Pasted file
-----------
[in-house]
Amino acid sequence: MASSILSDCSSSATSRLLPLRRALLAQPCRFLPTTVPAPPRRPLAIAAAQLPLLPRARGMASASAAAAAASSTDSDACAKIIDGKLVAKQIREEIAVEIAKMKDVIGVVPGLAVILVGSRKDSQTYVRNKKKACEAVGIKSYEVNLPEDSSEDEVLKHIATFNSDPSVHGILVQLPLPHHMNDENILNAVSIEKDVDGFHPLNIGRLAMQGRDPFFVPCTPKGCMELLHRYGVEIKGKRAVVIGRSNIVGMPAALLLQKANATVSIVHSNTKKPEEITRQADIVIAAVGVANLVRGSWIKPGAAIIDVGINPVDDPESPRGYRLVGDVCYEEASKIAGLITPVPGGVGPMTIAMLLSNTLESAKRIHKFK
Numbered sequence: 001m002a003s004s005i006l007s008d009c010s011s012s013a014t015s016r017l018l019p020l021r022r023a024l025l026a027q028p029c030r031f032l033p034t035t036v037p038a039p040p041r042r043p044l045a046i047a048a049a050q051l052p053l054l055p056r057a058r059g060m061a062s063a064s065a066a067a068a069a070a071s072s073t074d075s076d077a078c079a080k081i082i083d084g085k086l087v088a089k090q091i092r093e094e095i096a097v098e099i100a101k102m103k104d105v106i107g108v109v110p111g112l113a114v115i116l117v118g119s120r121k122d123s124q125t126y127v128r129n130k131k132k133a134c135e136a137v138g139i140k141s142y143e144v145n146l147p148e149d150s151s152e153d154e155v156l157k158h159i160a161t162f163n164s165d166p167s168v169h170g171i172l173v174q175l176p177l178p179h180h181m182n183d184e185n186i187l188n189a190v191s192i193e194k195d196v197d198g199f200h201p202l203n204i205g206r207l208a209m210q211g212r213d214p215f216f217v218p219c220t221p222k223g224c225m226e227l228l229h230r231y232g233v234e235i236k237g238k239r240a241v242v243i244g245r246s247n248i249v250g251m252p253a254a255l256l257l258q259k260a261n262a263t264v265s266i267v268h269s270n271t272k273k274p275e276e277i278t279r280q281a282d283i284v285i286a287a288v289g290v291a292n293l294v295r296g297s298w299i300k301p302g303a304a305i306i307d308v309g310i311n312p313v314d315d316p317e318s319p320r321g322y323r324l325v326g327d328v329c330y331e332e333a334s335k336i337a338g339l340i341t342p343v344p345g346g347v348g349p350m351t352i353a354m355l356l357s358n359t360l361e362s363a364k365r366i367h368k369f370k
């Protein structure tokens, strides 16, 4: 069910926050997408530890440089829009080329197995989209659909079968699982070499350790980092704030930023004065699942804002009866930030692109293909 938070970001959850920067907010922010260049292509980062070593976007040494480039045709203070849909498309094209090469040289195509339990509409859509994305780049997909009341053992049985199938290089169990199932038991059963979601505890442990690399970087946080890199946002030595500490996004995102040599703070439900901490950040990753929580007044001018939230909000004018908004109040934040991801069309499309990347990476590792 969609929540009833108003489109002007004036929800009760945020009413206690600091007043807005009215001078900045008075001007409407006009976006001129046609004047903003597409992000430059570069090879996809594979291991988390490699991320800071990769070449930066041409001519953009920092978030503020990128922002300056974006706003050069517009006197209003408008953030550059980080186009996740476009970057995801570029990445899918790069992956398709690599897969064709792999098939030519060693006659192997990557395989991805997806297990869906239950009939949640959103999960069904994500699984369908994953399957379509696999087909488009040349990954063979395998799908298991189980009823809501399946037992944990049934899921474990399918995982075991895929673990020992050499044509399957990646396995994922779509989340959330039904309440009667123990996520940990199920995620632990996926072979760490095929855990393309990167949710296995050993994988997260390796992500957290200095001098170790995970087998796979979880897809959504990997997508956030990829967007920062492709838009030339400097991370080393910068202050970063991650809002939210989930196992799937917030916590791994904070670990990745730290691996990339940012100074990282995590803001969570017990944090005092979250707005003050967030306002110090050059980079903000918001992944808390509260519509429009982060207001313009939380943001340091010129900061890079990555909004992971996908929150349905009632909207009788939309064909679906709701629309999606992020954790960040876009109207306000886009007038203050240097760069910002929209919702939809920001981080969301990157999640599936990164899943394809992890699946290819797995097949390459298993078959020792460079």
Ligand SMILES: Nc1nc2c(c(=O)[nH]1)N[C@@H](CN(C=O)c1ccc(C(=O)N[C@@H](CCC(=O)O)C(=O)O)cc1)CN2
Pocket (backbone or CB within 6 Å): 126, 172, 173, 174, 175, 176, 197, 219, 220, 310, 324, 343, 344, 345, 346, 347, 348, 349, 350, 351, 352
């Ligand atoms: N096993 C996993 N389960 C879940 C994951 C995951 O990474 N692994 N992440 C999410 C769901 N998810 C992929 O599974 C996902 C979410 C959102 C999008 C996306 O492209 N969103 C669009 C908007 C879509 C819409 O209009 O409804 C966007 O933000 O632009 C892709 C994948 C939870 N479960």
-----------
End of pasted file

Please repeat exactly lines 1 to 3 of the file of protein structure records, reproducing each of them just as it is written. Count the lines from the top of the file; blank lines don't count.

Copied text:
[in-house]
Amino acid sequence: MASSILSDCSSSATSRLLPLRRALLAQPCRFLPTTVPAPPRRPLAIAAAQLPLLPRARGMASASAAAAAASSTDSDACAKIIDGKLVAKQIREEIAVEIAKMKDVIGVVPGLAVILVGSRKDSQTYVRNKKKACEAVGIKSYEVNLPEDSSEDEVLKHIATFNSDPSVHGILVQLPLPHHMNDENILNAVSIEKDVDGFHPLNIGRLAMQGRDPFFVPCTPKGCMELLHRYGVEIKGKRAVVIGRSNIVGMPAALLLQKANATVSIVHSNTKKPEEITRQADIVIAAVGVANLVRGSWIKPGAAIIDVGINPVDDPESPRGYRLVGDVCYEEASKIAGLITPVPGGVGPMTIAMLLSNTLESAKRIHKFK
Numbered sequence: 001m002a003s004s005i006l007s008d009c010s011s012s013a014t015s016r017l018l019p020l021r022r023a024l025l026a027q028p029c030r031f032l033p034t035t036v037p038a039p040p041r042r043p044l045a046i047a048a049a050q051l052p053l054l055p056r057a058r059g060m061a062s063a064s065a066a067a068a069a070a071s072s073t074d075s076d077a078c079a080k081i082i083d084g085k086l087v088a089k090q091i092r093e094e095i096a097v098e099i100a101k102m103k104d105v106i107g108v109v110p111g112l113a114v115i116l117v118g119s120r121k122d123s124q125t126y127v128r129n130k131k132k133a134c135e136a137v138g139i140k141s142y143e144v145n146l147p148e149d150s151s152e153d154e155v156l157k158h159i160a161t162f163n164s165d166p167s168v169h170g171i172l173v174q175l176p177l178p179h180h181m182n183d184e185n186i187l188n189a190v191s192i193e194k195d196v197d198g199f200h201p202l203n204i205g206r207l208a209m210q211g212r213d214p215f216f217v218p219c220t221p222k223g224c225m226e227l228l229h230r231y232g233v234e235i236k237g238k239r240a241v242v243i244g245r246s247n248i249v250g251m252p253a254a255l256l257l258q259k260a261n262a263t264v265s266i267v268h269s270n271t272k273k274p275e276e277i278t279r280q281a282d283i284v285i286a287a288v289g290v291a292n293l294v295r296g297s298w299i300k301p302g303a304a305i306i307d308v309g310i311n312p313v314d315d316p317e318s319p320r321g322y323r324l325v326g327d328v329c330y331e332e333a334s335k336i337a338g339l340i341t342p343v344p345g346g347v348g349p350m351t352i353a354m355l356l357s358n359t360l361e362s363a364k365r366i367h368k369f370k